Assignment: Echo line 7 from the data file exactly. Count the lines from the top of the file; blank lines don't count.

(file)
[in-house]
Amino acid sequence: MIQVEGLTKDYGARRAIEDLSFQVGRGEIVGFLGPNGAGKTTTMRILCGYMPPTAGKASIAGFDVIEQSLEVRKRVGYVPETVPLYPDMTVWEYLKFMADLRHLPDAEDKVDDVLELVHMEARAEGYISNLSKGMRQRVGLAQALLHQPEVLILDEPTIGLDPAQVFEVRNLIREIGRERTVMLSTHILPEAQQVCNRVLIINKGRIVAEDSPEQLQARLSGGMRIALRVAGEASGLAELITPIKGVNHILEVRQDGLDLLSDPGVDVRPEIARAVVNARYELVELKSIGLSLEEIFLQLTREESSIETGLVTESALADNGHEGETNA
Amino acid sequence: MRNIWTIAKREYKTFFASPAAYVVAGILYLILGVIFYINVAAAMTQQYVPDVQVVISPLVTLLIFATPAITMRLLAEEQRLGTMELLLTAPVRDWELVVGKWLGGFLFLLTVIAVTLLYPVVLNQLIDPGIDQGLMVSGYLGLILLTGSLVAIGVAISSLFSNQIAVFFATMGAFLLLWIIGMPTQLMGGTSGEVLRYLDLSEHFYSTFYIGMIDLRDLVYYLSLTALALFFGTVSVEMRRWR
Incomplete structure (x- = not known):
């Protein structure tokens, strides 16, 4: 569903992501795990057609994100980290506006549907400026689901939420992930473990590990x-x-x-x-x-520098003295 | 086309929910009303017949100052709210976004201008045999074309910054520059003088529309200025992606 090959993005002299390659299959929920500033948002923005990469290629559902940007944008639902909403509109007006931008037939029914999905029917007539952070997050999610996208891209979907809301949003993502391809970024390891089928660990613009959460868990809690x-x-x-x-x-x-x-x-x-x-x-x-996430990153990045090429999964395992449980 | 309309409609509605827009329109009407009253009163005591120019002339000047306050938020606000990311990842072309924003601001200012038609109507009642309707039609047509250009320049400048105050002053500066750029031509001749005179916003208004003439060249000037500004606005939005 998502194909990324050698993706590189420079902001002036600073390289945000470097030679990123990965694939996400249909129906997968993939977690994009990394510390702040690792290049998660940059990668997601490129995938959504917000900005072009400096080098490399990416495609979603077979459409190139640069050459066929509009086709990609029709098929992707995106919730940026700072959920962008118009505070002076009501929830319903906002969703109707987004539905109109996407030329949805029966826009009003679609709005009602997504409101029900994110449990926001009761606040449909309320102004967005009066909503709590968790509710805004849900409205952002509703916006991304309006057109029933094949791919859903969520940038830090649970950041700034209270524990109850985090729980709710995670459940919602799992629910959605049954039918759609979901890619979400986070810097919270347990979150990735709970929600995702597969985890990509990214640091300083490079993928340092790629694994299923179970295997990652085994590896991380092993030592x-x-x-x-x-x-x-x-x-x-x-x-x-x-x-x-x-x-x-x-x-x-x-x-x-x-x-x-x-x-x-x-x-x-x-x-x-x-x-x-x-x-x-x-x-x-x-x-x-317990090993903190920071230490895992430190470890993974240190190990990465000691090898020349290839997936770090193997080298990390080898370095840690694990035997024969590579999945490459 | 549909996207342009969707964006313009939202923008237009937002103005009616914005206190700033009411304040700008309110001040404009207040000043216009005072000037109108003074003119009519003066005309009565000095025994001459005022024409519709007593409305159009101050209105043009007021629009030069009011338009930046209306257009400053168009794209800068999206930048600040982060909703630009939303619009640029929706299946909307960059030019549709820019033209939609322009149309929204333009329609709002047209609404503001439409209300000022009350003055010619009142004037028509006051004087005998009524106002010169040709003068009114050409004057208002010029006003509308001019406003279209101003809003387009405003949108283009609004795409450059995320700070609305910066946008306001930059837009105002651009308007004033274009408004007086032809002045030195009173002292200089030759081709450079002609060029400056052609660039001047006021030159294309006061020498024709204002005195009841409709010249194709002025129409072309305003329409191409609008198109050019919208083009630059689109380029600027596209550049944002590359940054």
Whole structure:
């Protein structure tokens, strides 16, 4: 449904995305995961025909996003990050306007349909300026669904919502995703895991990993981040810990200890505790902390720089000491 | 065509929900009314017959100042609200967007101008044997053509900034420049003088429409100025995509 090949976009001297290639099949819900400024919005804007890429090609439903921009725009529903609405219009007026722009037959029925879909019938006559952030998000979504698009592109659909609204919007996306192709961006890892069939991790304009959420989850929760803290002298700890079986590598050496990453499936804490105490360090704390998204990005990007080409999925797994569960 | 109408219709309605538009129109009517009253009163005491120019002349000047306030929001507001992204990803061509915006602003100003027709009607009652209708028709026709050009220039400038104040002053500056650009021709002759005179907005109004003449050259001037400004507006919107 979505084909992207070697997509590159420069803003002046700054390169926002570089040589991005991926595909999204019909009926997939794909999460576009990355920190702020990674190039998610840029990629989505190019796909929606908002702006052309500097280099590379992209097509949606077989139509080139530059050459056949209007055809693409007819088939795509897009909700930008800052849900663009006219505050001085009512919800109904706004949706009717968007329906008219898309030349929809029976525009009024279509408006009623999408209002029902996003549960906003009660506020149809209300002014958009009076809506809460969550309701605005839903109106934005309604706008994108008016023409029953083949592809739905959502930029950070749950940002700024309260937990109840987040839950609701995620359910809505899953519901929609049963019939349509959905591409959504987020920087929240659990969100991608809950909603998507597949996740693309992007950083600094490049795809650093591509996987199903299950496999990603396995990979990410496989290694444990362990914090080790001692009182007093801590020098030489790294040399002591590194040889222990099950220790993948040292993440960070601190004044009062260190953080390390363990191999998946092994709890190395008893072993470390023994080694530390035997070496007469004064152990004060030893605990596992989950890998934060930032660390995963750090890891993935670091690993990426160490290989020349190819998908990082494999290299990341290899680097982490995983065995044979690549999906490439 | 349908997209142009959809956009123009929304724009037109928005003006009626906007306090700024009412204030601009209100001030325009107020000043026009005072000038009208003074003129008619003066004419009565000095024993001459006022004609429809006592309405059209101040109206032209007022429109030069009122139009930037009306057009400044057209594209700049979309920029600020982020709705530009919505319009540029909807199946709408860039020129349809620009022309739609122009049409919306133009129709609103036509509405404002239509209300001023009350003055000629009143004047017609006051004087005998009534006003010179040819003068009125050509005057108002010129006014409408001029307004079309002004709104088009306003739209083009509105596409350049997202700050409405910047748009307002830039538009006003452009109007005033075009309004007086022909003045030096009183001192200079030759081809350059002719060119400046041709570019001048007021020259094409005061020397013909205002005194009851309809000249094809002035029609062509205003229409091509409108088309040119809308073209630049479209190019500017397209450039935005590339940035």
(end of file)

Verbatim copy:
């Protein structure tokens, strides 16, 4: 449904995305995961025909996003990050306007349909300026669904919502995703895991990993981040810990200890505790902390720089000491 | 065509929900009314017959100042609200967007101008044997053509900034420049003088429409100025995509 090949976009001297290639099949819900400024919005804007890429090609439903921009725009529903609405219009007026722009037959029925879909019938006559952030998000979504698009592109659909609204919007996306192709961006890892069939991790304009959420989850929760803290002298700890079986590598050496990453499936804490105490360090704390998204990005990007080409999925797994569960 | 109408219709309605538009129109009517009253009163005491120019002349000047306030929001507001992204990803061509915006602003100003027709009607009652209708028709026709050009220039400038104040002053500056650009021709002759005179907005109004003449050259001037400004507006919107 979505084909992207070697997509590159420069803003002046700054390169926002570089040589991005991926595909999204019909009926997939794909999460576009990355920190702020990674190039998610840029990629989505190019796909929606908002702006052309500097280099590379992209097509949606077989139509080139530059050459056949209007055809693409007819088939795509897009909700930008800052849900663009006219505050001085009512919800109904706004949706009717968007329906008219898309030349929809029976525009009024279509408006009623999408209002029902996003549960906003009660506020149809209300002014958009009076809506809460969550309701605005839903109106934005309604706008994108008016023409029953083949592809739905959502930029950070749950940002700024309260937990109840987040839950609701995620359910809505899953519901929609049963019939349509959905591409959504987020920087929240659990969100991608809950909603998507597949996740693309992007950083600094490049795809650093591509996987199903299950496999990603396995990979990410496989290694444990362990914090080790001692009182007093801590020098030489790294040399002591590194040889222990099950220790993948040292993440960070601190004044009062260190953080390390363990191999998946092994709890190395008893072993470390023994080694530390035997070496007469004064152990004060030893605990596992989950890998934060930032660390995963750090890891993935670091690993990426160490290989020349190819998908990082494999290299990341290899680097982490995983065995044979690549999906490439 | 349908997209142009959809956009123009929304724009037109928005003006009626906007306090700024009412204030601009209100001030325009107020000043026009005072000038009208003074003129008619003066004419009565000095024993001459006022004609429809006592309405059209101040109206032209007022429109030069009122139009930037009306057009400044057209594209700049979309920029600020982020709705530009919505319009540029909807199946709408860039020129349809620009022309739609122009049409919306133009129709609103036509509405404002239509209300001023009350003055000629009143004047017609006051004087005998009534006003010179040819003068009125050509005057108002010129006014409408001029307004079309002004709104088009306003739209083009509105596409350049997202700050409405910047748009307002830039538009006003452009109007005033075009309004007086022909003045030096009183001192200079030759081809350059002719060119400046041709570019001048007021020259094409005061020397013909205002005194009851309809000249094809002035029609062509205003229409091509409108088309040119809308073209630049479209190019500017397209450039935005590339940035």